A non-SDVOSB company couldn’t protest the terms of a VA SDVOSB set-aside solicitation, despite entering into a joint venture agreement with an SDVOSB–because the joint venture hadn’t started the process of becoming verified by the VA.
In a recent bid protest decision, GAO held that because neither the protester nor the joint venture was included in the VIP database, or likely to be included during the protest process, the protester wasn’t an “interested party” under the GAO’s bid protest regulations.
The GAO’s decision in Owl, Inc.; MLB Transportation, Inc., B-414962, B-414692 (Oct. 17, 2017) involved a VA solicitation for wheelchair van transport services for the beneficiaries of the Atlanta VA Medical Center. The solicitation was issued as an SDVOSB set-aside.
Before the due date for proposals, two companies filed pre-award GAO protests. Both companies argued that the solicitation’s scope of work was vague and that the pricing schedule was unfair, among other grounds of protest.
The VA moved to dismiss the protest filed by MLB Transportation, Inc. The VA argued that MLB was not an interested party to pursue the protest because it was not a verified SDVOSB listed in the VIP database.
MLB conceded that it was not an SDVOSB, but stated that it had entered into a joint venture agreement with an SDVOSB to pursue the contract. MLB acknowledged that the joint venture wasn’t listed in the VIP database, and “had not begun its VIP system application until after the time that it filed its protest.”
The GAO wrote that, under its bid protest regulations “[o]nly an ‘interested party’ may protest a federal procurement; a protester must be an actual or prospective bidder whose direct economic interest would be affected by the award of a contract or the failure to award a contract.” In this case, GAO said, “[w]e agree with the agency that where neither MLB or its claimed joint venture are listed on the VIP website or likely to be approved to be listed on the VIP website during the protest process, the protester is not an interested party to pursue its protest.”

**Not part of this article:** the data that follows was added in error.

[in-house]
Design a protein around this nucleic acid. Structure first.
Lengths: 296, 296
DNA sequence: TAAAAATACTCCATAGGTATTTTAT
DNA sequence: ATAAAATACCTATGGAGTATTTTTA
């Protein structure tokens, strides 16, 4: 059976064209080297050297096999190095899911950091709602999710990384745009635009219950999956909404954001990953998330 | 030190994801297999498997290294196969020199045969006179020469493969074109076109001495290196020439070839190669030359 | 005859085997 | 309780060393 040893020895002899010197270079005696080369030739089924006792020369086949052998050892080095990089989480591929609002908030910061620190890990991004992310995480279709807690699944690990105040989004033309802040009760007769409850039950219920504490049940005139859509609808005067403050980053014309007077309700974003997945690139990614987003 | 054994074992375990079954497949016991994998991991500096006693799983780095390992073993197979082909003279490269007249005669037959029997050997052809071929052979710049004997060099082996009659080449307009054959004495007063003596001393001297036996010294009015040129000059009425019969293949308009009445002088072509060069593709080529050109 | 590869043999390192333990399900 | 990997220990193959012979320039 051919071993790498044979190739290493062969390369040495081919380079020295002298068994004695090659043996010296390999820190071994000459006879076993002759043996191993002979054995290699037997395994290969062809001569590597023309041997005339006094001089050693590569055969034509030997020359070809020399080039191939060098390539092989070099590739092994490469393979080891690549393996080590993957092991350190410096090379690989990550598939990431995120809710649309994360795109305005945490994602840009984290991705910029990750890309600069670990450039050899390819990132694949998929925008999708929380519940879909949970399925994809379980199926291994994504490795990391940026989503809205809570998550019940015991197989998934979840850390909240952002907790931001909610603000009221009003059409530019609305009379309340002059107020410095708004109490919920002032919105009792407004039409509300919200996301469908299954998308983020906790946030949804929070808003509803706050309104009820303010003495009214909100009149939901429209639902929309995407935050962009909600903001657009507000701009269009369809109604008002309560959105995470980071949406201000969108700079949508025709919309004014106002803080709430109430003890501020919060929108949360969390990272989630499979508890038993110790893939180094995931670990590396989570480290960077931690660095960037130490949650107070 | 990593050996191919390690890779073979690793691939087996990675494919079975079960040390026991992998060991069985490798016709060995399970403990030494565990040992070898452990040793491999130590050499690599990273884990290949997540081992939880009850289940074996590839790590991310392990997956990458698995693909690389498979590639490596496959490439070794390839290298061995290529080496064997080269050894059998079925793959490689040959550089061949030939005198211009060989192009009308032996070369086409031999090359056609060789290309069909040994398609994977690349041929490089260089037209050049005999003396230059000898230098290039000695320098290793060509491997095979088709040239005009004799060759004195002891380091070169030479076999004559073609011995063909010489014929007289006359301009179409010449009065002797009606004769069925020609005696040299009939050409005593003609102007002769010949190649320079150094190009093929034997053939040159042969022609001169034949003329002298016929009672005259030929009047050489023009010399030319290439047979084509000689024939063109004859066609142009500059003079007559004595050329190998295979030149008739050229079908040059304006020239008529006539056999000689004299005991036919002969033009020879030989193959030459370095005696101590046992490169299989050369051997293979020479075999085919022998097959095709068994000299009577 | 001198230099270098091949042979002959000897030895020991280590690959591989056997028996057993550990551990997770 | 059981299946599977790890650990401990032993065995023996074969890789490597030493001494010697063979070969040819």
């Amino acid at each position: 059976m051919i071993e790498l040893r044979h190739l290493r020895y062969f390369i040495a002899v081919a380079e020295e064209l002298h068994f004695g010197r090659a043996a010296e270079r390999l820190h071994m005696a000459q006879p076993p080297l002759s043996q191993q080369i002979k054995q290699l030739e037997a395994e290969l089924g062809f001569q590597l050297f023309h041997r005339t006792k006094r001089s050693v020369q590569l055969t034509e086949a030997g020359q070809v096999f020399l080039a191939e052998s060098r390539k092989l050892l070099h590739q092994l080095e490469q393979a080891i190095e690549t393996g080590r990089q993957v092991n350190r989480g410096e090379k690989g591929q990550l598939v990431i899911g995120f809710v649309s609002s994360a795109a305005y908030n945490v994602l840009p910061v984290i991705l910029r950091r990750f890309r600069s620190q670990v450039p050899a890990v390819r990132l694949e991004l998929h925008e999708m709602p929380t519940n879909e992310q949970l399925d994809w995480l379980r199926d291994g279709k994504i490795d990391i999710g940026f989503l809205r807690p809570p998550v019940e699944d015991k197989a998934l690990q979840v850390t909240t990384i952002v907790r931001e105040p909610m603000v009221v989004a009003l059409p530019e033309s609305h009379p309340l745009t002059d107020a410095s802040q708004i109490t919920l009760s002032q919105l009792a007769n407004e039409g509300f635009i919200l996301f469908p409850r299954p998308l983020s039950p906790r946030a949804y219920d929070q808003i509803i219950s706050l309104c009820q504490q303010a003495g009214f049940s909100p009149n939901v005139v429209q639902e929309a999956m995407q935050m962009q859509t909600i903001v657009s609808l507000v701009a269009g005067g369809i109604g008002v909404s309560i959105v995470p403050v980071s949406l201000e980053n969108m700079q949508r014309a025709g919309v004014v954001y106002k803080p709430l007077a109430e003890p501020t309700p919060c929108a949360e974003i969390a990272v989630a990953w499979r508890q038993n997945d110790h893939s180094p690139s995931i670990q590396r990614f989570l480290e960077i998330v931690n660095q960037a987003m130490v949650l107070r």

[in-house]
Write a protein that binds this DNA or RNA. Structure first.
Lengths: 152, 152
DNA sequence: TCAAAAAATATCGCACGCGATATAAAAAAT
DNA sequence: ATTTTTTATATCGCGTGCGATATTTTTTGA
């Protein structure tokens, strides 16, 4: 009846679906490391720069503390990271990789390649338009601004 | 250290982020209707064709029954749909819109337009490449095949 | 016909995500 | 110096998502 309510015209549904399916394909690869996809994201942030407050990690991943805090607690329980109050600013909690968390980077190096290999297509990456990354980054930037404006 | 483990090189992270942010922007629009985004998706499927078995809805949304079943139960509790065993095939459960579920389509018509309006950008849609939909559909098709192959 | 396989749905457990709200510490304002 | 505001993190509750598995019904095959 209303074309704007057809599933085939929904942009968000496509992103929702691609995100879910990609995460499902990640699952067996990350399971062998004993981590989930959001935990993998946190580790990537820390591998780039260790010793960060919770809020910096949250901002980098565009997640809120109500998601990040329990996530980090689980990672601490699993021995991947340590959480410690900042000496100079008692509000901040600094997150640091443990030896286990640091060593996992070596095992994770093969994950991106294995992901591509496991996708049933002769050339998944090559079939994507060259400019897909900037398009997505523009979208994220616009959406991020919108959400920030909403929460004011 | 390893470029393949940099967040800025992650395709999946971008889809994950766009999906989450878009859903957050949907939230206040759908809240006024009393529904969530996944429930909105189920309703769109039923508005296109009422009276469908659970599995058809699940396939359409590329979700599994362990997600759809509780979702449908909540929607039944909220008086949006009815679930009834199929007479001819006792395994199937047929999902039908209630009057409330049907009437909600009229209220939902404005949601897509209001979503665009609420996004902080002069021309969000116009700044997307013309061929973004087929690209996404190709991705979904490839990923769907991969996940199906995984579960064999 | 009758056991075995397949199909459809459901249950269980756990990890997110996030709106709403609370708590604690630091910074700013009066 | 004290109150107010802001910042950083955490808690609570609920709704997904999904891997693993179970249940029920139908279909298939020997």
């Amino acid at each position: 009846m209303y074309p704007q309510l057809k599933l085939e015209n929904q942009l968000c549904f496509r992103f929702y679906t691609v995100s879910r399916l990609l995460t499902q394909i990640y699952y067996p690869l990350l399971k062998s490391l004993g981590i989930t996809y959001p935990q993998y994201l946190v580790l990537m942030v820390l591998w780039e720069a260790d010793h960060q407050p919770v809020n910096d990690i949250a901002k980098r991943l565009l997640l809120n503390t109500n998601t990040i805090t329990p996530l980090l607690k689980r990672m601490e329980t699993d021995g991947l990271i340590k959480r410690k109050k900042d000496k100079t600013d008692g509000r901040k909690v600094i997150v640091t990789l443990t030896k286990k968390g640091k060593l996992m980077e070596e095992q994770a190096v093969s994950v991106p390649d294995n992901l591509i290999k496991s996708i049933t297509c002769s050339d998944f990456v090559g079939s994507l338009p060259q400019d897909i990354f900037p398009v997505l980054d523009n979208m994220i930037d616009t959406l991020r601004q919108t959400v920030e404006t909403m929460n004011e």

The GAO dismissed MLB’s protest. (The second protest wasn’t dismissed, but was denied on the merits).
Interestingly, the GAO didn’t hold that a company must be listed in the VIP database to challenge the terms of an SDVOSB set-aside. Instead, the GAO indicated that a company might be eligible to protest if it was “likely to be approved” during the course of the protest process. In MLB’s case, then, the biggest problem may not have been that its joint venture was unverified, but that the joint venture hadn’t even started its application when the protest was filed.
It’s possible, of course, that MLB didn’t realize that joint ventures must be separately verified to win VA SDVOSB set-aside contracts. In my experience, it’s rather common for contractors to assume that so long as the joint venture’s lead member is verified, the joint venture qualifies. Not so.
As the GAO confirmed back in 2011, joint ventures must be separately verified in the VIP database. And as MLB Transportation demonstrates, when the joint venture isn’t separately listed in VIP, and has yet to submit an application, the joint venture (and its non-SDVOSB member) are likely out of the running for a viable pre-award GAO protest.